Three years after the COVID-19 pandemic’s arrival, small businesses and nonprofits across the state continue to be disproportionately impacted.
Although public resources have been available to local businesses, those in underserved communities typically have more difficulty accessing these opportunities.
Seeing as minority-owned and led organizations faced a variety of challenges before the pandemic, accessible resources have become more crucial than ever.
In CT, Hispanics make up 15.6 percent of the state’s workforce but only nine percent owned businesses, according to a 2021 report by the US Small Business Administration Office of Advocacy.
Associate Lending Manager of the National Development Council Jovanna Mejia was this month’s guest on the Latino News Network podcast, “3 Questions With…”, to speak on specific barriers minority entrepreneurs face and unique resources available to them.
The National Development Council is a national nonprofit that has served all 50 states for over 50 years. The NDC works with local and state governments along with community-based organizations to direct capital that will support their local communities in a variety of ways.
Local entrepreneurs have shared their concerns and struggles with Mejia, emphasizing economic barriers, limited opportunities for further skill development, and employee retention rates.
“Many business owners find it difficult to participate in training and educational opportunities,” Mejia has learned. “However, these opportunities…could help the entrepreneurship gap and increase small business prosperity and employment opportunities.”
The educational level of business owners tends to correlate with business success, Mejia pointed out.
On employee retention rates, Mejia explained that because of the abundance of jobs, employees now sort of have their pickings and many may think that the grass is greener at another job.
“So, this makes it very difficult for recruitment and retention for any business – yet alone a small business,” she said. “Small businesses already specifically struggle to match the benefits and pay that larger companies provide.”
On the other hand, small businesses offer benefits that larger companies do not. Mejia said this includes flexible work schedules, a family culture, mentorship, loyalty, and the willingness to try new things and be innovative.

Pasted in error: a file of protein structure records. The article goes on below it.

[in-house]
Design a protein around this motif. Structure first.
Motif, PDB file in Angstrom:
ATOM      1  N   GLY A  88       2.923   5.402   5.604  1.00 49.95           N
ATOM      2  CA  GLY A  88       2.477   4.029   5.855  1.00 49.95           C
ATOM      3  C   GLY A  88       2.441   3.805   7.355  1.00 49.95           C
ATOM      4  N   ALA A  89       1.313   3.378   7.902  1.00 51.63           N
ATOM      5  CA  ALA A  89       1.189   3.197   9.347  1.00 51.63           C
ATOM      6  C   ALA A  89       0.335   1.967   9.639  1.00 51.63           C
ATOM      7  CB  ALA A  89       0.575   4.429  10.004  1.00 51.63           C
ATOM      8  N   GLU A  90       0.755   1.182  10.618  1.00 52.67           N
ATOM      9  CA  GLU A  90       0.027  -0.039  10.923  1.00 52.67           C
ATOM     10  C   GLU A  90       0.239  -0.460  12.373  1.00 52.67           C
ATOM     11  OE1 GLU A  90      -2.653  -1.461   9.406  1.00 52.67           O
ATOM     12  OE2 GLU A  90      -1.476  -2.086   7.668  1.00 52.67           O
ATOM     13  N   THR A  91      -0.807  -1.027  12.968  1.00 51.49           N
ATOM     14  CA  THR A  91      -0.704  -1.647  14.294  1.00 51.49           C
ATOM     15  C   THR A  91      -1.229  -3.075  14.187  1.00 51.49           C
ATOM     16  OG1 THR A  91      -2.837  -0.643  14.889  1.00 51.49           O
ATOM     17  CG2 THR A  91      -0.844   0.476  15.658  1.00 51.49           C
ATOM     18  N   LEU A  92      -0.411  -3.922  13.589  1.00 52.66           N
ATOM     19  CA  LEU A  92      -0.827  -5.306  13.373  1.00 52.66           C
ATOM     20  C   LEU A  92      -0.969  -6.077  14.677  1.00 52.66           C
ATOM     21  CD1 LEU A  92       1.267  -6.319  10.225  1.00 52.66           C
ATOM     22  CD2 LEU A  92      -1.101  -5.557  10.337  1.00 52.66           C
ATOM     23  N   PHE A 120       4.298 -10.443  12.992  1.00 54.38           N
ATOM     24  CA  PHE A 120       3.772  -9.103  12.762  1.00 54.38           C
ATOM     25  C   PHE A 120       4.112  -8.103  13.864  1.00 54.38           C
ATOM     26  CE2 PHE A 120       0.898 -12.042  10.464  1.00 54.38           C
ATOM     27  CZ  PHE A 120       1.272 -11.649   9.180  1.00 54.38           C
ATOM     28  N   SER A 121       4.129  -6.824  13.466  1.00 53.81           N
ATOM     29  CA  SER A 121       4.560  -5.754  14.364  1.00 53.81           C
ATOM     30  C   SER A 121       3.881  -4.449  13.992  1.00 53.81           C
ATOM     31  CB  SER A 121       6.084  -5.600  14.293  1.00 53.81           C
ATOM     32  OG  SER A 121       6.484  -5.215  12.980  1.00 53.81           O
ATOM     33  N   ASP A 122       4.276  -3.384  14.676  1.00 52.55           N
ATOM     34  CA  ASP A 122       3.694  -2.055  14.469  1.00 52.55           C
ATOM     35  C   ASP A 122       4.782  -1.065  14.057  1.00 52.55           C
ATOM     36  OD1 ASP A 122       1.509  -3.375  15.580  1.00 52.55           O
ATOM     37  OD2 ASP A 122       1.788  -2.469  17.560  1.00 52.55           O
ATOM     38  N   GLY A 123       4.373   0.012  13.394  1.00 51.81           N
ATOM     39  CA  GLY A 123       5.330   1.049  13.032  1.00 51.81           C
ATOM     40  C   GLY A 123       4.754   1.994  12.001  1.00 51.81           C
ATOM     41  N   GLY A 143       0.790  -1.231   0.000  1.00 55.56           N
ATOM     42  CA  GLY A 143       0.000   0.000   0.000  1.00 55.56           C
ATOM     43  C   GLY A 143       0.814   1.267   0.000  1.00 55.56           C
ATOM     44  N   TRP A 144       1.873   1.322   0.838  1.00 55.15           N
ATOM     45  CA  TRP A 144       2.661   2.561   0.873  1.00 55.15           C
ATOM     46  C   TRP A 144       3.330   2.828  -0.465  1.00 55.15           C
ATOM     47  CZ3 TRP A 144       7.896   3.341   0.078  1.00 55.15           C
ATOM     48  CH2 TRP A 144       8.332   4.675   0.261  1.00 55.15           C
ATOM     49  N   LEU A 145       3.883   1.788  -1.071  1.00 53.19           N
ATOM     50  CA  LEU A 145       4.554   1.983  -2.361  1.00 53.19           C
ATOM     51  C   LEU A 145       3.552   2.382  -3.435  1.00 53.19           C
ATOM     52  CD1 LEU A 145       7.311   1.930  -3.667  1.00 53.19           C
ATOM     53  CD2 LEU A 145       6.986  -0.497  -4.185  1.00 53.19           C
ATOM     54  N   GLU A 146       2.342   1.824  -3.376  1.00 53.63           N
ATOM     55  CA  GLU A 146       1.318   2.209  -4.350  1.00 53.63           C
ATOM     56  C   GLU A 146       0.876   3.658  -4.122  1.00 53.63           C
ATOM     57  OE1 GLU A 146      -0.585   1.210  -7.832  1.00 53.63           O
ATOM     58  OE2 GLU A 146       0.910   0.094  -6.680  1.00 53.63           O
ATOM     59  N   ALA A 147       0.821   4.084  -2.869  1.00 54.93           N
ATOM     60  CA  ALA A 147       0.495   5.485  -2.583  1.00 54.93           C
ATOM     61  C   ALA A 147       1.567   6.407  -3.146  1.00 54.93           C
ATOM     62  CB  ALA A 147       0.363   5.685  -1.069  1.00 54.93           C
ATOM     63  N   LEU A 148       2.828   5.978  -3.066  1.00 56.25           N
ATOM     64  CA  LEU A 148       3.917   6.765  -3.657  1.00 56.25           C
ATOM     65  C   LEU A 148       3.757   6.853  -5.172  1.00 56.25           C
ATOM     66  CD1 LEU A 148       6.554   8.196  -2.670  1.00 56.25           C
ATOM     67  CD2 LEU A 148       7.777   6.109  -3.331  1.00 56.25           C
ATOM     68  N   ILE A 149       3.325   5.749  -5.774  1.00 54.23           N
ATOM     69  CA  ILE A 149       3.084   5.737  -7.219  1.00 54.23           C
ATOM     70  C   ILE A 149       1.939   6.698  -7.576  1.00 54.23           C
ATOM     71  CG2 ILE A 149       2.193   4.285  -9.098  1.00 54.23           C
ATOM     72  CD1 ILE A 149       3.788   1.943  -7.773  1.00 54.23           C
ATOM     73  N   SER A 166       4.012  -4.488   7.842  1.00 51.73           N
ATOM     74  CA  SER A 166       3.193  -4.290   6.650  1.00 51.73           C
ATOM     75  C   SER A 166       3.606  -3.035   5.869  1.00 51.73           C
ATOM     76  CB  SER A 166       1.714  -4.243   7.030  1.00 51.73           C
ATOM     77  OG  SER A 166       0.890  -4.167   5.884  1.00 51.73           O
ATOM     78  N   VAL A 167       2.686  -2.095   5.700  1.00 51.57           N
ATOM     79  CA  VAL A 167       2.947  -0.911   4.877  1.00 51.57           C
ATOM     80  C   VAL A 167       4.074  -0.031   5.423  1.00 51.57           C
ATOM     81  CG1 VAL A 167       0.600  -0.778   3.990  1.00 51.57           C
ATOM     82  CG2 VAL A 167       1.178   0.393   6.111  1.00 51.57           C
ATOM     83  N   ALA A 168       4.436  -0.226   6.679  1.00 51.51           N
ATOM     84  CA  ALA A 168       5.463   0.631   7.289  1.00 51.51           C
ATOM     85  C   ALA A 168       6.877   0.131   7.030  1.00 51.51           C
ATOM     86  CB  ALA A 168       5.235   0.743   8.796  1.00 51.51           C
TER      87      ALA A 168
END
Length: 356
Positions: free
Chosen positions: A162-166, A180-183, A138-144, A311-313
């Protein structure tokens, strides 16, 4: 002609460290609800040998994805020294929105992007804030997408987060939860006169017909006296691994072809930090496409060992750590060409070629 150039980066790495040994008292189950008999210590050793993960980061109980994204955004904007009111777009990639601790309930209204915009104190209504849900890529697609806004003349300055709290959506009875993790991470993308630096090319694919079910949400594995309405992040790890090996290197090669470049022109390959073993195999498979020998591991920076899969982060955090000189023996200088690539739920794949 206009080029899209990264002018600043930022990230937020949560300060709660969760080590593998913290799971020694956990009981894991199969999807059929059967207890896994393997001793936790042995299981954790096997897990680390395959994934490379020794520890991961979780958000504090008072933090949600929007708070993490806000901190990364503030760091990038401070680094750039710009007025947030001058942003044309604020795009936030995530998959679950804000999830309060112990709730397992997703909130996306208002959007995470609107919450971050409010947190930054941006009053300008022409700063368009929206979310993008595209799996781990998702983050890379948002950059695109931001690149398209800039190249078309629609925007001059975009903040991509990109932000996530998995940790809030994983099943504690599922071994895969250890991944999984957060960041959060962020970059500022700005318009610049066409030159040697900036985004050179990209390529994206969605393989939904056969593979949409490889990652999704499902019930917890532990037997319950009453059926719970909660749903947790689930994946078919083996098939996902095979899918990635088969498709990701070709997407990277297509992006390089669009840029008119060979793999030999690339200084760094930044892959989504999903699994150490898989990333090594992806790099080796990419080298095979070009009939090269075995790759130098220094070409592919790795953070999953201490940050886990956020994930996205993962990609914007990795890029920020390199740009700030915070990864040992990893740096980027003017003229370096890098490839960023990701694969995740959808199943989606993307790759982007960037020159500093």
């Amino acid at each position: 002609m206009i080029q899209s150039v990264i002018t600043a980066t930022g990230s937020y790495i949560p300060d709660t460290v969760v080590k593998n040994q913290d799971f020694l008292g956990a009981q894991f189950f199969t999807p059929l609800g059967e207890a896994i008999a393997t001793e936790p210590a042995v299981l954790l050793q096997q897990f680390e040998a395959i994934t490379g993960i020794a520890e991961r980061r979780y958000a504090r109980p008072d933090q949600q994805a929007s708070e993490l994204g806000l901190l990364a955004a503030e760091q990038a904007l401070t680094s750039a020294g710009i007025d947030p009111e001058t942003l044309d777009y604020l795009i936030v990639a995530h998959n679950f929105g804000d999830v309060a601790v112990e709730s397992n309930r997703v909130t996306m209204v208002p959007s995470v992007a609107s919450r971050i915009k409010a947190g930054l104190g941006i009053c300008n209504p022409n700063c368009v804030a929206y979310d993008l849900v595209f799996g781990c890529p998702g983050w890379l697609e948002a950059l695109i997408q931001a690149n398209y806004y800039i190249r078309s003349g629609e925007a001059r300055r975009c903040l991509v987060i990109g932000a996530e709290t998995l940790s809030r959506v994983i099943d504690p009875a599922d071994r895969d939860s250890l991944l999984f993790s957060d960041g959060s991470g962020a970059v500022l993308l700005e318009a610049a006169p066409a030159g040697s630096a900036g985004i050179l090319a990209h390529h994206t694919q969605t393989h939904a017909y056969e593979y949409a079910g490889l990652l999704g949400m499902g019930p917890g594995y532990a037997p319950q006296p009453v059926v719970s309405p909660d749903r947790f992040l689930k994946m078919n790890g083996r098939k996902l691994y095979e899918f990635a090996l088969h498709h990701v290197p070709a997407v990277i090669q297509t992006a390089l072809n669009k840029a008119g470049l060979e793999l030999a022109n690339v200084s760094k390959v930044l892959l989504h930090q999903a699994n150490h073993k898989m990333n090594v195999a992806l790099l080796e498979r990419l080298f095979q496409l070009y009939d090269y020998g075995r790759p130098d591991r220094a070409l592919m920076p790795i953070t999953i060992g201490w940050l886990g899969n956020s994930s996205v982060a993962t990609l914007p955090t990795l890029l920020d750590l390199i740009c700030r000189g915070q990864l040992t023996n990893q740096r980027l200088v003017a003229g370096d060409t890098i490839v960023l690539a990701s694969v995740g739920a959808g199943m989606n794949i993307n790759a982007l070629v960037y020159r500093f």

The CT Small Business Boost Fund is a loan program that was launched in June, with the NDC as a participating lender, to specifically support minority entrepreneurs.
The loan program “offers flexible credit parameters — so, a lower cash flow requirement and no collateral requirement [so that] historically underserved businesses can gain access to capital when otherwise they would not be able to do so,” Mejia explained. “This is critical as it helps to tear down historical barriers and allows businesses to build capacity over time.”
She emphasized that approved applicants are matched with a knowledgeable lender who will get to know them and their organization, and guide them through the application and approval process.
“This process should allow business owners, especially minority business owners, to not only gain a loan approval but also understand a loan application process for the next time they apply for a loan through either a CDFI or a bank,” she said.
“The Connecticut economy can’t thrive without the good services and job opportunities provided by our small businesses and nonprofits,” Mejia said.
Publisher’s Notes: CT Latino News covers the social determinants of health—among the state’s diverse Hispanic-Latino populations. Economic stability and housing security are essential to one’s life and well-being.
CT Latino News is a partner of the CT Small Business Boost Fund in supporting the state’s Hispanic and Latino communities.